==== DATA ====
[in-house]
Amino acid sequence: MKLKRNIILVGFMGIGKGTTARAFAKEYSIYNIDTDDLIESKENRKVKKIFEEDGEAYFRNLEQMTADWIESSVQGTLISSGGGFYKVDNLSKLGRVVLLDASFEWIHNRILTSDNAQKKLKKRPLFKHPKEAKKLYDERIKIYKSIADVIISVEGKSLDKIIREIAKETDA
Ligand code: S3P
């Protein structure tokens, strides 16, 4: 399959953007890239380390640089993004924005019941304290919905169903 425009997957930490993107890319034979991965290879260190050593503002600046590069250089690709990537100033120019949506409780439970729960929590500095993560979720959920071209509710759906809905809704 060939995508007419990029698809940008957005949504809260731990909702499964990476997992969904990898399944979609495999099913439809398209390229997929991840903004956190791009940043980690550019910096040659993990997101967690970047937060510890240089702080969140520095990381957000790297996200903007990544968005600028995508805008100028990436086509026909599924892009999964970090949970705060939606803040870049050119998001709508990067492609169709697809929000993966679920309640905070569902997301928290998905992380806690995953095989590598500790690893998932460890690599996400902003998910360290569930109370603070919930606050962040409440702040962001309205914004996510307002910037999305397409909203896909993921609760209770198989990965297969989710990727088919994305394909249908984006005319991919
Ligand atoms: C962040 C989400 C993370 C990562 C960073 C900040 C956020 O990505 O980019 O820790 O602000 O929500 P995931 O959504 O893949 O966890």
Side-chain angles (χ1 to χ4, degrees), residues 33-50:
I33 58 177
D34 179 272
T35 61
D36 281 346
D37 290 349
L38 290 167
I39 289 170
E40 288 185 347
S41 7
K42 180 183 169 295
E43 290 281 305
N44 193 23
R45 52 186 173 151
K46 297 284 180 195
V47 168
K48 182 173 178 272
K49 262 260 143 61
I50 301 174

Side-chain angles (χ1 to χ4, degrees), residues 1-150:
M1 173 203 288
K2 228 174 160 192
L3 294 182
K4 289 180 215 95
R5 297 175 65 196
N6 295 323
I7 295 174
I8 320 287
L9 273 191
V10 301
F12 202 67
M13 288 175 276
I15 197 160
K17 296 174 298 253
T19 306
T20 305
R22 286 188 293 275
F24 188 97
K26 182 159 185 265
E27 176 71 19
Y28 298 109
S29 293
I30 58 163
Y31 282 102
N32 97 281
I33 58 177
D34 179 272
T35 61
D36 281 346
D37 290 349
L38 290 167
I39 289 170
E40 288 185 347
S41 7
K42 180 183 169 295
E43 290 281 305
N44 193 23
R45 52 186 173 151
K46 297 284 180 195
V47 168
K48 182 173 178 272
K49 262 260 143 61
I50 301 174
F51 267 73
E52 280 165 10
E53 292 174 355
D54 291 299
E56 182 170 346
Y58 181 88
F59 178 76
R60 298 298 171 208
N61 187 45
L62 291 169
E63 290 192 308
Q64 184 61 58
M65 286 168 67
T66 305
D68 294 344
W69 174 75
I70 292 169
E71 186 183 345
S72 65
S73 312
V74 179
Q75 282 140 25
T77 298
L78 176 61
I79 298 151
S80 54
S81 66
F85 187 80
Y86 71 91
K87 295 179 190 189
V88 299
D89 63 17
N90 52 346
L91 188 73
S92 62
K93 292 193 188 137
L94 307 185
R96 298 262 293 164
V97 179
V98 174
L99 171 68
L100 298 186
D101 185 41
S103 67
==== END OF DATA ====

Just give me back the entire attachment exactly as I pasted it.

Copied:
[in-house]
Amino acid sequence: MKLKRNIILVGFMGIGKGTTARAFAKEYSIYNIDTDDLIESKENRKVKKIFEEDGEAYFRNLEQMTADWIESSVQGTLISSGGGFYKVDNLSKLGRVVLLDASFEWIHNRILTSDNAQKKLKKRPLFKHPKEAKKLYDERIKIYKSIADVIISVEGKSLDKIIREIAKETDA
Ligand code: S3P
């Protein structure tokens, strides 16, 4: 399959953007890239380390640089993004924005019941304290919905169903 425009997957930490993107890319034979991965290879260190050593503002600046590069250089690709990537100033120019949506409780439970729960929590500095993560979720959920071209509710759906809905809704 060939995508007419990029698809940008957005949504809260731990909702499964990476997992969904990898399944979609495999099913439809398209390229997929991840903004956190791009940043980690550019910096040659993990997101967690970047937060510890240089702080969140520095990381957000790297996200903007990544968005600028995508805008100028990436086509026909599924892009999964970090949970705060939606803040870049050119998001709508990067492609169709697809929000993966679920309640905070569902997301928290998905992380806690995953095989590598500790690893998932460890690599996400902003998910360290569930109370603070919930606050962040409440702040962001309205914004996510307002910037999305397409909203896909993921609760209770198989990965297969989710990727088919994305394909249908984006005319991919
Ligand atoms: C962040 C989400 C993370 C990562 C960073 C900040 C956020 O990505 O980019 O820790 O602000 O929500 P995931 O959504 O893949 O966890």
Side-chain angles (χ1 to χ4, degrees), residues 33-50:
I33 58 177
D34 179 272
T35 61
D36 281 346
D37 290 349
L38 290 167
I39 289 170
E40 288 185 347
S41 7
K42 180 183 169 295
E43 290 281 305
N44 193 23
R45 52 186 173 151
K46 297 284 180 195
V47 168
K48 182 173 178 272
K49 262 260 143 61
I50 301 174

Side-chain angles (χ1 to χ4, degrees), residues 1-150:
M1 173 203 288
K2 228 174 160 192
L3 294 182
K4 289 180 215 95
R5 297 175 65 196
N6 295 323
I7 295 174
I8 320 287
L9 273 191
V10 301
F12 202 67
M13 288 175 276
I15 197 160
K17 296 174 298 253
T19 306
T20 305
R22 286 188 293 275
F24 188 97
K26 182 159 185 265
E27 176 71 19
Y28 298 109
S29 293
I30 58 163
Y31 282 102
N32 97 281
I33 58 177
D34 179 272
T35 61
D36 281 346
D37 290 349
L38 290 167
I39 289 170
E40 288 185 347
S41 7
K42 180 183 169 295
E43 290 281 305
N44 193 23
R45 52 186 173 151
K46 297 284 180 195
V47 168
K48 182 173 178 272
K49 262 260 143 61
I50 301 174
F51 267 73
E52 280 165 10
E53 292 174 355
D54 291 299
E56 182 170 346
Y58 181 88
F59 178 76
R60 298 298 171 208
N61 187 45
L62 291 169
E63 290 192 308
Q64 184 61 58
M65 286 168 67
T66 305
D68 294 344
W69 174 75
I70 292 169
E71 186 183 345
S72 65
S73 312
V74 179
Q75 282 140 25
T77 298
L78 176 61
I79 298 151
S80 54
S81 66
F85 187 80
Y86 71 91
K87 295 179 190 189
V88 299
D89 63 17
N90 52 346
L91 188 73
S92 62
K93 292 193 188 137
L94 307 185
R96 298 262 293 164
V97 179
V98 174
L99 171 68
L100 298 186
D101 185 41
S103 67